In May, WhatsApp made some controversial changes to its terms of service, leaving WhatsApp users with a choice: agree to the terms, or be forced to leave.
Similarly, journalists and activists who are worried about their messages being intercepted or spied on—especially in countries with weaker free speech guarantees—are faced with a choice regarding how the app handles their messages: agree to the terms, or leave the app.
“Right now, messaging app companies are in charge of users, when really it should be the other way around,” says Matthew Weidner, a Ph.D. student advised by CyLab’s Heather Miller in Carnegie Mellon University’s Computer Science Department. “Users should have the freedom to choose how their messages are handled.”
That’s why Weidner argues that the services that group messaging apps use—such as end-to-end encryption or group management—should be de-centralized. That is, users shouldn’t be tethered to a single company’s server, which leaves them at the mercy of the company.
In a new study presented at last week’s ACM Conference on Computer and Communications Security, Weidner defined a new security protocol that could bring this idea of decentralization to fruition.
“The idea of our work is to give users the same security, but support a more flexible network, thus giving more power to users,” says Weidner, who served as the study’s lead author. “If your message thread is routed through one server and the company raises the prices or shuts down, you could switch to another server seamlessly.”
Core to Weidner’s work is what’s called continuous group key agreement (CGKA)—a previously-developed security protocol that allows a group of individuals to join and leave a group message thread after it’s been created and not have to rely on a message group manager. CGKA also prevents the need to worry about when or how long members of the group are online. Typically, group messages are routed through a single server that applies CGKA, but Weidner and his colleagues aimed to study the extent to which secure messaging was possible for more flexible, decentralized networks. Thus, they define decentralized CGKA, or DCGKA.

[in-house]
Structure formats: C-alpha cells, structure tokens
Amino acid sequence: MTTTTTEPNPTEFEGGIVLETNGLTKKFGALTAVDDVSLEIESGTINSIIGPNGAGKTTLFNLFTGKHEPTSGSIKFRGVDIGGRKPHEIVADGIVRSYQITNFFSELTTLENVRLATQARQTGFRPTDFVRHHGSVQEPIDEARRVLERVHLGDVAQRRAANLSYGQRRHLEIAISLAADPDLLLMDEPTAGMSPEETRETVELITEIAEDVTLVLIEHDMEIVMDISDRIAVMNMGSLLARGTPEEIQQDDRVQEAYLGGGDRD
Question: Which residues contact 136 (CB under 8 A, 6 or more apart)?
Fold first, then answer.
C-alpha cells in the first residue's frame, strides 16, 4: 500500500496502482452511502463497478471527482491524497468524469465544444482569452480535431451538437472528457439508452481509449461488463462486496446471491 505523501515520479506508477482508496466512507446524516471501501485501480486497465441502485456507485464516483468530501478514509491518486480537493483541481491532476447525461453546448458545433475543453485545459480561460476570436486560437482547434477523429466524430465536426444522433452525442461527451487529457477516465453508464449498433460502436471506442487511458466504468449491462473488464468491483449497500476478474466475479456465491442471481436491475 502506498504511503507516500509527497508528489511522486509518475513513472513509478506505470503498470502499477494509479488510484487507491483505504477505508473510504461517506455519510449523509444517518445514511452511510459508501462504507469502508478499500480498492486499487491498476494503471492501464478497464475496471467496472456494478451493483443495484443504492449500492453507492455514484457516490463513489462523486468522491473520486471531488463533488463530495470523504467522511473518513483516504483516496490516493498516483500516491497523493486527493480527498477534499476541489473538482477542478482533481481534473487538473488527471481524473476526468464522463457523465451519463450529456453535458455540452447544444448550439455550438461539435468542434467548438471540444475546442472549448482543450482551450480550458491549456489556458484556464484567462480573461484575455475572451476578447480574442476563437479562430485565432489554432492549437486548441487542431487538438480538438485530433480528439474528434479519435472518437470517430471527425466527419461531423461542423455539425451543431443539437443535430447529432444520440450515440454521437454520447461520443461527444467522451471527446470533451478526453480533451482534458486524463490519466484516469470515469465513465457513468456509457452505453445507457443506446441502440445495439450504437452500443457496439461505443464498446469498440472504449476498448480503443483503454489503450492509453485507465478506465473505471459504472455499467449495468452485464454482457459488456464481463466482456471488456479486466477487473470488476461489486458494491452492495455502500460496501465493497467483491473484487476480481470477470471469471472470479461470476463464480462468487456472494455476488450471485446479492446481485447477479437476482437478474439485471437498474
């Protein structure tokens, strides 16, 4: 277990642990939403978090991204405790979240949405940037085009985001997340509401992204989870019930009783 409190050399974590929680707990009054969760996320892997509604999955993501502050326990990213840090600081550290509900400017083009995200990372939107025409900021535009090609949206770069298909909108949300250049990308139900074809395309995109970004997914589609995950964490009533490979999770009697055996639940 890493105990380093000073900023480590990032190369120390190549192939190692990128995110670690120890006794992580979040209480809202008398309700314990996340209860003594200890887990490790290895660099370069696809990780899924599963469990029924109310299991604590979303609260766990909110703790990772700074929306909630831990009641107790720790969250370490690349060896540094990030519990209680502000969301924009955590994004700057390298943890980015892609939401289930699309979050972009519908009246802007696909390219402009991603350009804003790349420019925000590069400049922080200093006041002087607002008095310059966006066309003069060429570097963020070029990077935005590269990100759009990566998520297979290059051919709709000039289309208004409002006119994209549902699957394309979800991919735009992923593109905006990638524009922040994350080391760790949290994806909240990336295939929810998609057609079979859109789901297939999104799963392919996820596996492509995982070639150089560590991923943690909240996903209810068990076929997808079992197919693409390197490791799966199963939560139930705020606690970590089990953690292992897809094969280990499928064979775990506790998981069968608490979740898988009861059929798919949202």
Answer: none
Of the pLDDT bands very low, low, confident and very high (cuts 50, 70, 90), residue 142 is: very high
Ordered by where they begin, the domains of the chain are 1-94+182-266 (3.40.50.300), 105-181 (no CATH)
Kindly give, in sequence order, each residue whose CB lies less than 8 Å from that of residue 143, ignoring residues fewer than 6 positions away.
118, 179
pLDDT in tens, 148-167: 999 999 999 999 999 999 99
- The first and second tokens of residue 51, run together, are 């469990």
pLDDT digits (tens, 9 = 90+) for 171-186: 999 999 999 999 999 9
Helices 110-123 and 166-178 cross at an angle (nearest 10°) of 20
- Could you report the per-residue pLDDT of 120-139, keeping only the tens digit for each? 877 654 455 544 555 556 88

“What makes our paper different is we work in a decentralized setting, where we don’t necessarily assume there’s a central server to route messages and help out maintaining the group,” Weidner says. “Instead, users can send messages to each other however they’d like.”
A decentralized model introduces several challenges, Weidner says. Messages could be delayed or delivered in an inconsistent order, and with no central authority, there is no single source of truth. To solve this, messages are carefully designed so they have the same effect no matter what order they are received in. That way, even if something rare but unusual happens—like two users removing each other from the group simultaneously—the whole group eventually sees the same outcome.
How, then, does this play into the lives of journalists or activists trying to securely communicate in countries with weaker free speech rights? Weidner says DCGKA provides a solution.
“If the journalists are using a central server run by a company to communicate, but it gets blocked or shut down, they could switch to a ‘self-hosted’ server that’s physically in one of their homes,” Weidner says. “If that’s blocked too, or if the whole Internet is shut down, they could switch to using a mesh network in which nearby devices connect over Bluetooth. Even if some messages get delayed or reordered during the transition, DCGKA will continue working and providing security.”
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